WPP chief executive Sir Martin Sorrell has responded to Maurice Levy's statement that he wouldn't miss his rival when he retired by describing the Publicis Groupe boss as the "Freddy Krueger of advertising" and claiming that Levy would never retire.
Interviewed by the Guardian's Mark Sweeney for nearly an hour-and-a-half during a fundraising event held for advertising charity NABS, Sorrell gave his own view in return to Levy's comments made during Advertising Week New York, where Levy claimed to tell the story of his first meeting with his longtime rival while in London.
However Sorrell refuted to The Drum Levy's story of their first encounter, which he described as "a revisionist view of history" and claimed took place in Paris in the early 70s, rather than in London as a Levy had recounted.
He explained that he and Maurice Saatchi visited Publicis founder Marcel Bleustein-Blanchet at his offices, when Sorrell was chief financial officer of Saatchi & Saatchi when the agency had ambition to grow into the US.
"I can see it now, we were sitting next to each other, Blanchet was in front of us behind a desk and Maurice was standing next to him. The reason I remember it, when Maurice Saatchi explained about our grand vision for Saatchi's, Blanchet - the emblem of Publicis is a lion remember - said in French "on velvet paws' which really stuck in my mind. I remember Maurice [Levy] standing there during the whole meeting and was asked during various points to go and get the coffee."
Sorrell continued by stating that he did not recall Levy's tale of he and Bleustein-Blanchet coming to London to agree a mutual joint venture.
"He may well have come, but it seems that Maurice has always had trouble with his 50 per cents, as with Publicis Omnicom and 'his 50 per cent will always be bigger than our 50 per cent' but what we trying was to engage with Publicis...what we were interested in doing was co-investing...the issue was how do we expand internationally with US the first market. So I would disagree with the historical context."
Asked during Advertising Week by AOL CEO Tim Armstrong whether, should he retire, Levy would miss Sorrell, he said he would not. Sorrell, when asked the same question, retorted; "Retirement and Maurice Levy is an oxymoron. There is no such thing."
Sorrell addressed recent news that Levy had announced his plan to remain as CEO of the group past the initial 2015 deadline set for next year until 2017, by describing Levy as "the Freddy Krueger of advertising".
Elsewhere during the interview, Sorrell, a cricket fanatic, highlighted his views on the recent media coverage of Kevin Peterson's biography and fall out with the England Cricket Board by explaining that "good people are by definition difficult to manage"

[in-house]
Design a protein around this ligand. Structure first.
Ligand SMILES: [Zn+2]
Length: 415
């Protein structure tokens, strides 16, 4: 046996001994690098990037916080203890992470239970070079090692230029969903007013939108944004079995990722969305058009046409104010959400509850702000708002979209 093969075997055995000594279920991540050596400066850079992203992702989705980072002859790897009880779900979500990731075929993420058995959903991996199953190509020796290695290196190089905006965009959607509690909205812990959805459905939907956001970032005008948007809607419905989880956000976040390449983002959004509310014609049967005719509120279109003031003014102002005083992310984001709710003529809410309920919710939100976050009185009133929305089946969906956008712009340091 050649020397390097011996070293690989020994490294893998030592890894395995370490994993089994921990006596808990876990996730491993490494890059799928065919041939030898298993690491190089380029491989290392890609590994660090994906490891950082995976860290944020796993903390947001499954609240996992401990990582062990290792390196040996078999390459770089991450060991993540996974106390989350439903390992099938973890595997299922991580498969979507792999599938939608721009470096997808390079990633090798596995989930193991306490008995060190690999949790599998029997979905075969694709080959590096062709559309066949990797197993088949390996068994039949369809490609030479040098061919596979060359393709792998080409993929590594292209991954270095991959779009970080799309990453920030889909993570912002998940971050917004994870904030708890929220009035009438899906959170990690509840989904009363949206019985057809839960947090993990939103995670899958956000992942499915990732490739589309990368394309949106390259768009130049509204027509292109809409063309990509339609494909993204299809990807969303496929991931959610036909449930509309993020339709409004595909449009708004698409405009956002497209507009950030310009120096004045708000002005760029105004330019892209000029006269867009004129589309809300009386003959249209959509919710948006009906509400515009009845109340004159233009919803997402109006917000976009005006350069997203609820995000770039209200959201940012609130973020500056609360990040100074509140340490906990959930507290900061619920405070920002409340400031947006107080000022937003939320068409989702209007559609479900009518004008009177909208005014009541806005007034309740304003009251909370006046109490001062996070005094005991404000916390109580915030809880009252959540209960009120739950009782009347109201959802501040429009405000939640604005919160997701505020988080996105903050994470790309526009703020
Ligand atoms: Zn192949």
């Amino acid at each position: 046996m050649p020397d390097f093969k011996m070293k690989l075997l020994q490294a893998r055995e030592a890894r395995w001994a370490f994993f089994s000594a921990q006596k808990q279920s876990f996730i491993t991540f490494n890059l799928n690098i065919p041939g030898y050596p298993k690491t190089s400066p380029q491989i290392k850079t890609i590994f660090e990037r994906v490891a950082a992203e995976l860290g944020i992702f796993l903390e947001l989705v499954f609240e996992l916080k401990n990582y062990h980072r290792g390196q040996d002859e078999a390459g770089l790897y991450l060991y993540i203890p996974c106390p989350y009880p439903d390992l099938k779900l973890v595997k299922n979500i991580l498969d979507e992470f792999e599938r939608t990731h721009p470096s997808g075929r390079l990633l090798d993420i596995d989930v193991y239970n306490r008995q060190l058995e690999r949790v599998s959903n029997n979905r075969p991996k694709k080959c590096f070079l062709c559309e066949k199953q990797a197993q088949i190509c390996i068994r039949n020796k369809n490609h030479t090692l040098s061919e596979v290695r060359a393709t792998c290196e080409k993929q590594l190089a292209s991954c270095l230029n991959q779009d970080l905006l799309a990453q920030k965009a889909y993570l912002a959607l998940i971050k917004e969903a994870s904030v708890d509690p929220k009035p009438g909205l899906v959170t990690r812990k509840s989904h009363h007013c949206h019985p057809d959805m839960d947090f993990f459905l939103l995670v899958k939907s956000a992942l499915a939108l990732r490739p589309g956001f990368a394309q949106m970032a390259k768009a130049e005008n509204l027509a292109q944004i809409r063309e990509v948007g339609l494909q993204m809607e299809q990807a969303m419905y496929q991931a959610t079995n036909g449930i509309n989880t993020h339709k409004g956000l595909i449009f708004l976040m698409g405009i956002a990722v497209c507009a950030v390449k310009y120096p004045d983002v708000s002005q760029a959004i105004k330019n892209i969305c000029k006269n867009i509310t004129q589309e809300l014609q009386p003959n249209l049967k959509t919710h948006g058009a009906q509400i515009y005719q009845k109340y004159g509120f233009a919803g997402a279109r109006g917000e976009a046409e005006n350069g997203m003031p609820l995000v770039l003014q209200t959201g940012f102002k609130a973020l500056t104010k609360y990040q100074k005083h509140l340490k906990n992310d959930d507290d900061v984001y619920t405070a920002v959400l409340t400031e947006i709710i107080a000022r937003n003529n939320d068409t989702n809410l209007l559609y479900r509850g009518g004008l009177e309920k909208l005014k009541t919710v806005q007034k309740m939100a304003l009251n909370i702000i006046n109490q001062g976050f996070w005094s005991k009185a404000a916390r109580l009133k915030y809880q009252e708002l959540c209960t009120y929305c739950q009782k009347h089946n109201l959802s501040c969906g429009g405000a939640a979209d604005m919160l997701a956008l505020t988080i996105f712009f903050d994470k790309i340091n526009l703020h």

He revealed while discussing his phone preference that he was a Blackberry fan, claiming the keyboard still to be the best for mobile phone handsets and adding that "how they have failed to engage with B2B users is a mystery to me."
Of his schedule, he explained that he had a choice in how busy he wished to be and that the business was still personal to him. "When someone does a lot, that's there choice. In my case it's not imposed...you do it because you have an emotional connection. This is not a job for me."
He added: "You shouldn't force yourself to do things...nothing I have done since I left business school was not something I didn't primarily enjoy doing."
Later he turned his attention to the failed Publicis Omnicom merger and how news of the deal broke and how he learned about it through journalist enquiries. As it was unfolding, he said that had contacted Levy and Omnicom CEO John Wren to firstly congratulate them, and then secondly to ask them, tongue in cheek of course, if he could become CFO when learning they would act as Co-CEOs. He then admitted in hindsight to having enjoyed that weekend of news, but also described the potential merger as "a black swan" at the time.
He also claimed that he understood that the two CEOs fell out over the appointment of a CFO, with Omnicom's CFO Randy Weisenburger having recently left his role and highlighted the irony of whether he had left any earlier, the deal may have progressed.
Sorrell also warned Google of the might of Chinese brand Alibaba, following the statement by Eric Schmidt, Google's executive chairman, who cited Amazon, perhaps surprisingly, as it's main rival.
Of succession, Sorrell admitted that the repeated questioning of who would take over at WPP was a fair one but that ultimately he was enjoying the role and the industry more than he had ever done before.
He would also offer his admiration for the Murdoch media empire, which he said he believed had strengthened in recent times and claimed that WPP, through Group M Entertainment, was the largest commissioning body of programming in the UK, underlying the distinction against production when ITV was cited as an alternative.
Asked about online news company, Vice, which WPP is an investor within, he was full of praise, saying that it was "quite amazing" what the company had achieved in recent years and the investment it had received including from Disney and Fox.
Of the network's content investment he also mentioned its deal to invest in a fund in China with Rat Pack and Shanghai Media Group where WPP will invest in online and offline content.